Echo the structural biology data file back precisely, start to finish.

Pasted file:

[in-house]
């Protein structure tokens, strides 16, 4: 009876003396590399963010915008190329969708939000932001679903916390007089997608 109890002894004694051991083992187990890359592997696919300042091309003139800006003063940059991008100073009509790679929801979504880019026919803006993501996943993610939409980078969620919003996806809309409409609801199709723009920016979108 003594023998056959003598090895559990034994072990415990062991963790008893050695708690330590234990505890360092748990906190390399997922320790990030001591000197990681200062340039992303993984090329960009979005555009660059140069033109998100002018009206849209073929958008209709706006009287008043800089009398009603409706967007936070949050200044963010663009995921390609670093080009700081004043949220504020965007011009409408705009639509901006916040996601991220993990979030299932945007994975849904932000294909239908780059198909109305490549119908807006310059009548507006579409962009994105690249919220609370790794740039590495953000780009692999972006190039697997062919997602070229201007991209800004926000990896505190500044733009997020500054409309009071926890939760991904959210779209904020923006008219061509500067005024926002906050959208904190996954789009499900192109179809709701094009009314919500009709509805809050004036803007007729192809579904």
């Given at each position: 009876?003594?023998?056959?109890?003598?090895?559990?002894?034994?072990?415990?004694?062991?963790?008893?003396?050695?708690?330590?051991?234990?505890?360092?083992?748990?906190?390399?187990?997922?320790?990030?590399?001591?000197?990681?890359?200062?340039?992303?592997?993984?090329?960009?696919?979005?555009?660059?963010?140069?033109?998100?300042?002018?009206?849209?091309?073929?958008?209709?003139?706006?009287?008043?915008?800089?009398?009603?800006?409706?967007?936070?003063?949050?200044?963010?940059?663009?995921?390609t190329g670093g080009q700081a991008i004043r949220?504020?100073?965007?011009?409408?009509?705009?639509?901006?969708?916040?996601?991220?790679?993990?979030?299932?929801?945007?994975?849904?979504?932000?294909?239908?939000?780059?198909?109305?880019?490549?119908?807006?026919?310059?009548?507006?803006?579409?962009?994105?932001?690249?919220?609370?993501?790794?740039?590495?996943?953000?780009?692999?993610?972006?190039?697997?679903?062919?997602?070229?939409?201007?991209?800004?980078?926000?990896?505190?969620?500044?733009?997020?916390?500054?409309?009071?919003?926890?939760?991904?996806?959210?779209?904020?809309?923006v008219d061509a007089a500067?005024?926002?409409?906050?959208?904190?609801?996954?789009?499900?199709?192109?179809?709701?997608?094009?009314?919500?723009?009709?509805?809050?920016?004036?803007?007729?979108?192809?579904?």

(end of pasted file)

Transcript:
[in-house]
């Protein structure tokens, strides 16, 4: 009876003396590399963010915008190329969708939000932001679903916390007089997608 109890002894004694051991083992187990890359592997696919300042091309003139800006003063940059991008100073009509790679929801979504880019026919803006993501996943993610939409980078969620919003996806809309409409609801199709723009920016979108 003594023998056959003598090895559990034994072990415990062991963790008893050695708690330590234990505890360092748990906190390399997922320790990030001591000197990681200062340039992303993984090329960009979005555009660059140069033109998100002018009206849209073929958008209709706006009287008043800089009398009603409706967007936070949050200044963010663009995921390609670093080009700081004043949220504020965007011009409408705009639509901006916040996601991220993990979030299932945007994975849904932000294909239908780059198909109305490549119908807006310059009548507006579409962009994105690249919220609370790794740039590495953000780009692999972006190039697997062919997602070229201007991209800004926000990896505190500044733009997020500054409309009071926890939760991904959210779209904020923006008219061509500067005024926002906050959208904190996954789009499900192109179809709701094009009314919500009709509805809050004036803007007729192809579904």
């Given at each position: 009876?003594?023998?056959?109890?003598?090895?559990?002894?034994?072990?415990?004694?062991?963790?008893?003396?050695?708690?330590?051991?234990?505890?360092?083992?748990?906190?390399?187990?997922?320790?990030?590399?001591?000197?990681?890359?200062?340039?992303?592997?993984?090329?960009?696919?979005?555009?660059?963010?140069?033109?998100?300042?002018?009206?849209?091309?073929?958008?209709?003139?706006?009287?008043?915008?800089?009398?009603?800006?409706?967007?936070?003063?949050?200044?963010?940059?663009?995921?390609t190329g670093g080009q700081a991008i004043r949220?504020?100073?965007?011009?409408?009509?705009?639509?901006?969708?916040?996601?991220?790679?993990?979030?299932?929801?945007?994975?849904?979504?932000?294909?239908?939000?780059?198909?109305?880019?490549?119908?807006?026919?310059?009548?507006?803006?579409?962009?994105?932001?690249?919220?609370?993501?790794?740039?590495?996943?953000?780009?692999?993610?972006?190039?697997?679903?062919?997602?070229?939409?201007?991209?800004?980078?926000?990896?505190?969620?500044?733009?997020?916390?500054?409309?009071?919003?926890?939760?991904?996806?959210?779209?904020?809309?923006v008219d061509a007089a500067?005024?926002?409409?906050?959208?904190?609801?996954?789009?499900?199709?192109?179809?709701?997608?094009?009314?919500?723009?009709?509805?809050?920016?004036?803007?007729?979108?192809?579904?």